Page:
I have a project in mind that requires operational amplifiers.  Recently Texas Instruments has released several microcontrollers that have low power precision op amps built in.  I have two in hand now that I will be testing - the MSP430FR2311 that is in this post and the larger MSP430FR2355 that I may end up using in my project.  I won't describe the parts in detail today but instead will fire the FR2311 up in a kind of hello world for op amps.   The FR2311 microcontroller h ...
The Element14 community was kind enough to award me a prize in the Open Arduino contest and with the award I purchased one of the official displays for a Raspberry Pi.  I have wanted a portable marine traffic monitor for some time and this is what I came up with: It turned out quite nice, went together easily, and can be put together at a reasonable cost.  The project is a good demonstration of how powerful the Raspberry Pi is.   Components: Raspberry Pi 3 Model B Raspberry ...
Now that the TI-RSLK robot RoadTest is finished I have turned my attention back to a problem spotted in the last round of PCBs ordered for the AIS alarm project.  But first, I have a new toy. I have been looking for the right used Nikon microscope in budget but finally could not stand it any longer and bought this Chinese model after my friend bought one.  I am amazed at how much better this is than peering through a magnifying glass or loupe.  At low magnification stereoscopic ...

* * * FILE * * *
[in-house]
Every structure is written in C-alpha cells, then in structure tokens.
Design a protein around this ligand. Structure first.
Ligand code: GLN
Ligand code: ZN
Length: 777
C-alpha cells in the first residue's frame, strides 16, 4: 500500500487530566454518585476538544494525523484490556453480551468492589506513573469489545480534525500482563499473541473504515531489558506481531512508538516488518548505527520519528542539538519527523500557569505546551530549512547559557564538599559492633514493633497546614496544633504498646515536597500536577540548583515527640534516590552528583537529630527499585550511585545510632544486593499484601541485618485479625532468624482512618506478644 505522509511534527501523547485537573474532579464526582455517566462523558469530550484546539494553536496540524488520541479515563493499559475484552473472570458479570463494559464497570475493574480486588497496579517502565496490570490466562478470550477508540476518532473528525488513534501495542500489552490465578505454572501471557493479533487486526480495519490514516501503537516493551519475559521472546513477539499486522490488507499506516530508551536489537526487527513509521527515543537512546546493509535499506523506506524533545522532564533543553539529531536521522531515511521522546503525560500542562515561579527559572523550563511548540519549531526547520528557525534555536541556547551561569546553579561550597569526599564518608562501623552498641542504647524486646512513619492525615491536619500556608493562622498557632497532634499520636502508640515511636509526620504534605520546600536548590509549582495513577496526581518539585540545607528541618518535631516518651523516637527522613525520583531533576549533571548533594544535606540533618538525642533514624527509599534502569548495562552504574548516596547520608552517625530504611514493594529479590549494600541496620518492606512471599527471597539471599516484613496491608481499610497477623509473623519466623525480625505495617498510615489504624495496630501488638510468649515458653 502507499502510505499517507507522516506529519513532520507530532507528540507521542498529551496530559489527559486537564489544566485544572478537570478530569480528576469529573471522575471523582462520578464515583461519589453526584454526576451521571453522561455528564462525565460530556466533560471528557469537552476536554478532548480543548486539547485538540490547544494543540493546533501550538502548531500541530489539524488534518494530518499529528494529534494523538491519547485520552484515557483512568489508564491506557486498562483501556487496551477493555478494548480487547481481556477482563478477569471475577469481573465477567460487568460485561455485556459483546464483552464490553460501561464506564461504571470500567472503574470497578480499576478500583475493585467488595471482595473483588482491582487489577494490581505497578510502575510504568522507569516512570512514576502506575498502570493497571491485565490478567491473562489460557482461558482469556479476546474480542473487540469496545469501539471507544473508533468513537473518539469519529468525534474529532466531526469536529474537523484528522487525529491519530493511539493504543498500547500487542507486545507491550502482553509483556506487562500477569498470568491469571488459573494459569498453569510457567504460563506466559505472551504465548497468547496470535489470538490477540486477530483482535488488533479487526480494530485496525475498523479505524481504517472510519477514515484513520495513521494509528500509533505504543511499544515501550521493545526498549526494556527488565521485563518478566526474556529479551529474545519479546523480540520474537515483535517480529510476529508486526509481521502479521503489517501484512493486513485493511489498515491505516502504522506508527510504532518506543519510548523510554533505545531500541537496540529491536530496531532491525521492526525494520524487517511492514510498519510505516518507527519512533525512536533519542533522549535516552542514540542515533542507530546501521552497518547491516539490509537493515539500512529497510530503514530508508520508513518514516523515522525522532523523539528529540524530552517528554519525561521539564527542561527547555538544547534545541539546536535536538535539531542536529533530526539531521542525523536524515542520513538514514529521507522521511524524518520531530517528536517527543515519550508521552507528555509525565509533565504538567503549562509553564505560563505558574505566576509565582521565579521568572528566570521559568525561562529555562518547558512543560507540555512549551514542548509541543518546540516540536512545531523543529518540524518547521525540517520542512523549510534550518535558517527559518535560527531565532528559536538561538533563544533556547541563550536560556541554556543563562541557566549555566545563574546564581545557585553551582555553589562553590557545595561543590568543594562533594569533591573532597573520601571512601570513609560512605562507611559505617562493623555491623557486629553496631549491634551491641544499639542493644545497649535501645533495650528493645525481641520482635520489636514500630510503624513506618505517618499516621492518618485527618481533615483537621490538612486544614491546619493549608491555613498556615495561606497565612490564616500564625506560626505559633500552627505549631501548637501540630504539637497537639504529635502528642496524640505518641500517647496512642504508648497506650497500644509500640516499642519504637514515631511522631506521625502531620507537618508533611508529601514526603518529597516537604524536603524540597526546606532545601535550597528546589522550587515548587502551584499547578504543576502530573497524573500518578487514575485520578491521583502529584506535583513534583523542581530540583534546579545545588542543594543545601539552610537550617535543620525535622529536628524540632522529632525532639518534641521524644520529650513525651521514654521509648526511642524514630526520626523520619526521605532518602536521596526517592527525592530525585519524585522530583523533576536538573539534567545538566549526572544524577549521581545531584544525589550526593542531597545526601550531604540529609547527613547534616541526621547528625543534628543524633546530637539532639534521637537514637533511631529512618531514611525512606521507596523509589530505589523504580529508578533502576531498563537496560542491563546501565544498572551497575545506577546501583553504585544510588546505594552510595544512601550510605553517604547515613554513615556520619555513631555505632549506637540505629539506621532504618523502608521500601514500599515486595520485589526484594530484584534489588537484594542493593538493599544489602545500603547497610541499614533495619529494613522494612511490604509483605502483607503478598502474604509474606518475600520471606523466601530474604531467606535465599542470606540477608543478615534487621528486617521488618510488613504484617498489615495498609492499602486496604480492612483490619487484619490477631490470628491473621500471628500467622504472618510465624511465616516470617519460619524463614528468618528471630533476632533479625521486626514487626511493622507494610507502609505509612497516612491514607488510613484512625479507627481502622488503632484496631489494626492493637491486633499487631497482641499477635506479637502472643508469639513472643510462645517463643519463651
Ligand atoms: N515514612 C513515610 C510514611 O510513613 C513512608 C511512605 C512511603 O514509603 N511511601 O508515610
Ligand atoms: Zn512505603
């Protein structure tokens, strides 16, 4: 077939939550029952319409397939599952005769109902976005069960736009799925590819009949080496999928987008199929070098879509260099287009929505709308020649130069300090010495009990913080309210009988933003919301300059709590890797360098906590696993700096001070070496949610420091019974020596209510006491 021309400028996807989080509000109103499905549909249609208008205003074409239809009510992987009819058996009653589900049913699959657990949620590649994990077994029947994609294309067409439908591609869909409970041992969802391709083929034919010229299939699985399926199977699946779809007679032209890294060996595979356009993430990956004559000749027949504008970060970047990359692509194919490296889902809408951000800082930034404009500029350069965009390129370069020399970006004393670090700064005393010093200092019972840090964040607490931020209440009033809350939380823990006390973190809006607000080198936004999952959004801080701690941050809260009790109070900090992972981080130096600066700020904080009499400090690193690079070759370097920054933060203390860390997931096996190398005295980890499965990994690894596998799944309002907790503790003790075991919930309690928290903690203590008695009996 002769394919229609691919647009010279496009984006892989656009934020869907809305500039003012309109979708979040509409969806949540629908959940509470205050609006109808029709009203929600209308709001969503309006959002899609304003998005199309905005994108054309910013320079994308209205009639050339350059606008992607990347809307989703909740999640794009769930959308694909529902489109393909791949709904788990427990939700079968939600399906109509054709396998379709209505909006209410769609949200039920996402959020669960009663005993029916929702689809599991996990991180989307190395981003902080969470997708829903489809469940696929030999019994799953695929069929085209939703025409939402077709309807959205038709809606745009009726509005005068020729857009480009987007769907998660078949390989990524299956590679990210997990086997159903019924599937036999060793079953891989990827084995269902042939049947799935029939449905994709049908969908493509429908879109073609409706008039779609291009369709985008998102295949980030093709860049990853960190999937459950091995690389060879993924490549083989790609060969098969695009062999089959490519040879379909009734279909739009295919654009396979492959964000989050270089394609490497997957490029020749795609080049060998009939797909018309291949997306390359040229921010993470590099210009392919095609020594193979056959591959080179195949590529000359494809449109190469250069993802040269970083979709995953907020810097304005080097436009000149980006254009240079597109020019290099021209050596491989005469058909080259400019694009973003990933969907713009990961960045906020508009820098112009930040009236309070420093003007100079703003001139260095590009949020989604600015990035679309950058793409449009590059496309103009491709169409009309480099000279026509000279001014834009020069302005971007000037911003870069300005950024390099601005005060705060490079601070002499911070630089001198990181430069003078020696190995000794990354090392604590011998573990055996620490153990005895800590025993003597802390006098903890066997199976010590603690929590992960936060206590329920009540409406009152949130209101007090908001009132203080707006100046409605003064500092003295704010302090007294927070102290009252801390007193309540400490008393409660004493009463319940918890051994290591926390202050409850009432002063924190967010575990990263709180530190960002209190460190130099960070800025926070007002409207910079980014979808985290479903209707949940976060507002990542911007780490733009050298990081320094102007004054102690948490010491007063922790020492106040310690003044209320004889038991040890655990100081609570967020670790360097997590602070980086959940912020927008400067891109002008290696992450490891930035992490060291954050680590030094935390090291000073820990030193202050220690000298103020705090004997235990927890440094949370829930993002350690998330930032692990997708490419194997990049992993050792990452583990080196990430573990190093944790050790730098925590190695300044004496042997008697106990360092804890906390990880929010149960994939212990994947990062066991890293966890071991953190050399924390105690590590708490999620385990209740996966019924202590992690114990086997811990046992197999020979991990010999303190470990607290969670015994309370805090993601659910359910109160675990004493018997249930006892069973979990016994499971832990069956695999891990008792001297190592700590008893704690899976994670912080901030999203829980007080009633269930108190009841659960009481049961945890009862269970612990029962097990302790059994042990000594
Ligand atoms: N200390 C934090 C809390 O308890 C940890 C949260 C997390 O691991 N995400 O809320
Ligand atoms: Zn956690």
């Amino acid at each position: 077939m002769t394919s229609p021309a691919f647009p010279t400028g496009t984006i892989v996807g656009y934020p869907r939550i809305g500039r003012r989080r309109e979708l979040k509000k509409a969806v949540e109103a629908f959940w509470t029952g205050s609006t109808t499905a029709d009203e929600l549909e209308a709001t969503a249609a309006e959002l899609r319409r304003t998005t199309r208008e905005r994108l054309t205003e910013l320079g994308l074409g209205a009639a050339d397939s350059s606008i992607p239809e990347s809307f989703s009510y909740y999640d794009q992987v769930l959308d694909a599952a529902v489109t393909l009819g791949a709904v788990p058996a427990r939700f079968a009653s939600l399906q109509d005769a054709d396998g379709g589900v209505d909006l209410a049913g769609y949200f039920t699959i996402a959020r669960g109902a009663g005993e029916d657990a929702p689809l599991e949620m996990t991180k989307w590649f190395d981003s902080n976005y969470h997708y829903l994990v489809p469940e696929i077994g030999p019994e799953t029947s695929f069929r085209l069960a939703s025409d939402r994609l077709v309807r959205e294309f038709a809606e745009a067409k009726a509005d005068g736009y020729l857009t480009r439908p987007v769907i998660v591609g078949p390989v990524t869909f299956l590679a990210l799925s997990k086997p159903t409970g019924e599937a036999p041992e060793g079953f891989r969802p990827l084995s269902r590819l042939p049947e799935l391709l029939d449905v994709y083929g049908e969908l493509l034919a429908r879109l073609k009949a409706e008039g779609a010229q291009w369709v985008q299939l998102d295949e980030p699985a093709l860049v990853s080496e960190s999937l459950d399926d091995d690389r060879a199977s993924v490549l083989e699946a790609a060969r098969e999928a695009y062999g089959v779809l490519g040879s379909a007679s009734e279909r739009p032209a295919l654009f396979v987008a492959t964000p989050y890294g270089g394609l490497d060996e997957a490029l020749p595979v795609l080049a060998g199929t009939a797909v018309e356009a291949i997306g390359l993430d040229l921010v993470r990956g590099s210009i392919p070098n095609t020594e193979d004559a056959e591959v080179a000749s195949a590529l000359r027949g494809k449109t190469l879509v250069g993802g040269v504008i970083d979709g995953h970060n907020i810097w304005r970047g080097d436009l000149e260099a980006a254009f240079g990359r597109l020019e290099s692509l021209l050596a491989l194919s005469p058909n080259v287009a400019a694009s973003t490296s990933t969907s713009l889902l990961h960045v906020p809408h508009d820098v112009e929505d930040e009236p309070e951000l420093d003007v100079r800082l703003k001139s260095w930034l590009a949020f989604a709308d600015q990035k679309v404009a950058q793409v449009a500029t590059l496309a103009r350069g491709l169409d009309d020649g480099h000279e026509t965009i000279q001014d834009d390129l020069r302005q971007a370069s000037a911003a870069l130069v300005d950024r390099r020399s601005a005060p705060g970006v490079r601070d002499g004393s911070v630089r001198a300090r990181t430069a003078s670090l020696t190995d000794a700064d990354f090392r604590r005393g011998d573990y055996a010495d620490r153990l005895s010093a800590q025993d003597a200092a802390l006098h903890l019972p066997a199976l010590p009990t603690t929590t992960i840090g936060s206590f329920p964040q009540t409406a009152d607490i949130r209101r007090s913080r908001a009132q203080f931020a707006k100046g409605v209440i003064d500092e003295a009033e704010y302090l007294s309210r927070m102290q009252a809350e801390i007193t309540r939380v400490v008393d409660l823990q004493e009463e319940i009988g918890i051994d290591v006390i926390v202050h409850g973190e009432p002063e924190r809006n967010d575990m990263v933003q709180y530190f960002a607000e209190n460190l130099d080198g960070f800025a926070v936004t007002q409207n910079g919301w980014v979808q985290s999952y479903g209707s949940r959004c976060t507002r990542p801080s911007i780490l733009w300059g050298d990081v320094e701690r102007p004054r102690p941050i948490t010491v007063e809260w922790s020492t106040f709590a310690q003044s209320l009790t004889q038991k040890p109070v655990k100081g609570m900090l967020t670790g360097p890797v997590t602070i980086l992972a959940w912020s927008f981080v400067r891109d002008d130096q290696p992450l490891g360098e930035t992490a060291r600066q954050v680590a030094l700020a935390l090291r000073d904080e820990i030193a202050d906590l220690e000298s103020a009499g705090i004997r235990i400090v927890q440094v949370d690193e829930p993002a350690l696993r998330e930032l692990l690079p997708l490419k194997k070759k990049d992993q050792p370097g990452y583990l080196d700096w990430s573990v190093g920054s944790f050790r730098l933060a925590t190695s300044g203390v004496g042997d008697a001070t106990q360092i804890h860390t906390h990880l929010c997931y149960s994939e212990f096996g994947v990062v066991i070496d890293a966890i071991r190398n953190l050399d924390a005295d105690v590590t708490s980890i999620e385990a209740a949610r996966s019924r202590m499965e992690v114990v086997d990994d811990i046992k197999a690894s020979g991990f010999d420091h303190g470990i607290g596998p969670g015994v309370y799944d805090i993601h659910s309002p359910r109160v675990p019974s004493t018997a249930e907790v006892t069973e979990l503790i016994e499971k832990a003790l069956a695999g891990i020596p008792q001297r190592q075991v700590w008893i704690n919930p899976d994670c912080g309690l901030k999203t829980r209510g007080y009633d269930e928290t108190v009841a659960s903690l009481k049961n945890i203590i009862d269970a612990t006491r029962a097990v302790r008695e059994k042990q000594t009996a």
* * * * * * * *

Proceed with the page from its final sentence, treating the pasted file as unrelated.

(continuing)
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ToorCamp

Posted by fmilburn Jun 25, 2018
I was able to attend an interesting "hacker" camp last week and thought it worth a post.  ToorCamp is advertised as "The Five Day, Open Air, Tech Camping Event where you create more than just ideas and build more than just inventions".  I don't think that is a particularly good description but I really enjoyed it.   It is located in the Orcas Islands which are located between Washington state in the U.S. and British Columbia in Canada, a very beautiful location.   Aroun ...
Project Objective: Develop an open source AIS Alarm that alerts sailors that a new marine vessel with AIS is within range   Project Update: In the last post I described the hardware state and showed a photo of the new boards.  This past week I have been testing the refactored firmware and chasing a bug that caused me to get out the logic analyzer. Logic Analyzer to the Rescue: When I refactored the code one of the changes was to the ring buffer which I described in an earlier post. ...
Project Objective: Develop an open source AIS Alarm that alerts sailors that a new marine vessel with AIS is within range   Project Update: In the last post I published a video of the completed prototype of the alarm and announced plans to continue working on the firmware and user interface.  In the meantime I ordered additional materials and today my friend and I cooked up a batch in his toaster oven. They turned out really tasty and I have the ingredients to make more :-) I've r ...
There is an active group of hardware / microcontroller enthusiasts that meet up monthly here in Seattle and I regularly attend.  Recently Scott Shawcroft who is a contract programmer for Adafruit attended the meeting and handed out the Adafruit Gemma M0 with Circuit Python to attendees.  This was a special edition that was made for PyCon 2018 with a custom silkscreen and I snagged one.  Here it is connected to a small Li-poly battery and shown next to an Arduino Uno to give scale: ...